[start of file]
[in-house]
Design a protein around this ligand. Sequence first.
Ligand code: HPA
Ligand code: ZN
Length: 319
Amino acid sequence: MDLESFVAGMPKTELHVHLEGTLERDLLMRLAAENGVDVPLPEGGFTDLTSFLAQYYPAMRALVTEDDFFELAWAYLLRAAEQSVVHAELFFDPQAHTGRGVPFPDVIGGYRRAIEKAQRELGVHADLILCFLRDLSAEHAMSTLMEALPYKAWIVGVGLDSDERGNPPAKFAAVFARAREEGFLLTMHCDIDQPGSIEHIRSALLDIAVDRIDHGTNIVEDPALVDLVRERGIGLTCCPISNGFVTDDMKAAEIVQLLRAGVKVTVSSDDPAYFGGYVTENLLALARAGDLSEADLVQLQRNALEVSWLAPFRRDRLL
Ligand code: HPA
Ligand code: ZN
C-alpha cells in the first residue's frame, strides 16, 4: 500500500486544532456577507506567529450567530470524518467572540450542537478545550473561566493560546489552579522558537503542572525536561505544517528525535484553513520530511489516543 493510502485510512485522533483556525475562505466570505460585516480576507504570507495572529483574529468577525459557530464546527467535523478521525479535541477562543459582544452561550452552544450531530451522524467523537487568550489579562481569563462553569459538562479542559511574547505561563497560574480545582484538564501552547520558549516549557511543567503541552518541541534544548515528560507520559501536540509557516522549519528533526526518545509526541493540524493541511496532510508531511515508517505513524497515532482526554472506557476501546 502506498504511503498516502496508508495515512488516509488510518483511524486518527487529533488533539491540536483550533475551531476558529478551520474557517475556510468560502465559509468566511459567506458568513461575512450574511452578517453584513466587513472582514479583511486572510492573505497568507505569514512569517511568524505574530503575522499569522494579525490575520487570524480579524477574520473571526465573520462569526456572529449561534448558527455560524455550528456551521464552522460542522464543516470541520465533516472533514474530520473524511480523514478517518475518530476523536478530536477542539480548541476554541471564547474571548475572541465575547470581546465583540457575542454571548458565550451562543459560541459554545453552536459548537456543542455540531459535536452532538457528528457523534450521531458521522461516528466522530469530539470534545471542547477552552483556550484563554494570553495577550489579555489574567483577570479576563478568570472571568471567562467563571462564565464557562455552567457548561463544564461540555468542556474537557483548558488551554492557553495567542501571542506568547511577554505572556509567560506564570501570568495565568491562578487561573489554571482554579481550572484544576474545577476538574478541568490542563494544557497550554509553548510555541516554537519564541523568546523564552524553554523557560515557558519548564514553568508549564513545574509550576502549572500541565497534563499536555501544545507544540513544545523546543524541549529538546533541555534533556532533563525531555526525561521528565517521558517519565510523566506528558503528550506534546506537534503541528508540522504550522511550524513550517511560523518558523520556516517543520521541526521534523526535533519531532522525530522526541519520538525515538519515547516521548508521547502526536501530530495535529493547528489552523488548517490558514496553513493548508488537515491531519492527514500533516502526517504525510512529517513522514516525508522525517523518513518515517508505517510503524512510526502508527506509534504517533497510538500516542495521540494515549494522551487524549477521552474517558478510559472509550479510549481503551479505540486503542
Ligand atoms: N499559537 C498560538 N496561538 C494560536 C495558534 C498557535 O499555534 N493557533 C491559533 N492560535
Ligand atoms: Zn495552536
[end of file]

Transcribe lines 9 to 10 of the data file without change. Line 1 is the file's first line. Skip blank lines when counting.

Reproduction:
C-alpha cells in the first residue's frame, strides 16, 4: 500500500486544532456577507506567529450567530470524518467572540450542537478545550473561566493560546489552579522558537503542572525536561505544517528525535484553513520530511489516543 493510502485510512485522533483556525475562505466570505460585516480576507504570507495572529483574529468577525459557530464546527467535523478521525479535541477562543459582544452561550452552544450531530451522524467523537487568550489579562481569563462553569459538562479542559511574547505561563497560574480545582484538564501552547520558549516549557511543567503541552518541541534544548515528560507520559501536540509557516522549519528533526526518545509526541493540524493541511496532510508531511515508517505513524497515532482526554472506557476501546 502506498504511503498516502496508508495515512488516509488510518483511524486518527487529533488533539491540536483550533475551531476558529478551520474557517475556510468560502465559509468566511459567506458568513461575512450574511452578517453584513466587513472582514479583511486572510492573505497568507505569514512569517511568524505574530503575522499569522494579525490575520487570524480579524477574520473571526465573520462569526456572529449561534448558527455560524455550528456551521464552522460542522464543516470541520465533516472533514474530520473524511480523514478517518475518530476523536478530536477542539480548541476554541471564547474571548475572541465575547470581546465583540457575542454571548458565550451562543459560541459554545453552536459548537456543542455540531459535536452532538457528528457523534450521531458521522461516528466522530469530539470534545471542547477552552483556550484563554494570553495577550489579555489574567483577570479576563478568570472571568471567562467563571462564565464557562455552567457548561463544564461540555468542556474537557483548558488551554492557553495567542501571542506568547511577554505572556509567560506564570501570568495565568491562578487561573489554571482554579481550572484544576474545577476538574478541568490542563494544557497550554509553548510555541516554537519564541523568546523564552524553554523557560515557558519548564514553568508549564513545574509550576502549572500541565497534563499536555501544545507544540513544545523546543524541549529538546533541555534533556532533563525531555526525561521528565517521558517519565510523566506528558503528550506534546506537534503541528508540522504550522511550524513550517511560523518558523520556516517543520521541526521534523526535533519531532522525530522526541519520538525515538519515547516521548508521547502526536501530530495535529493547528489552523488548517490558514496553513493548508488537515491531519492527514500533516502526517504525510512529517513522514516525508522525517523518513518515517508505517510503524512510526502508527506509534504517533497510538500516542495521540494515549494522551487524549477521552474517558478510559472509550479510549481503551479505540486503542
Ligand atoms: N499559537 C498560538 N496561538 C494560536 C495558534 C498557535 O499555534 N493557533 C491559533 N492560535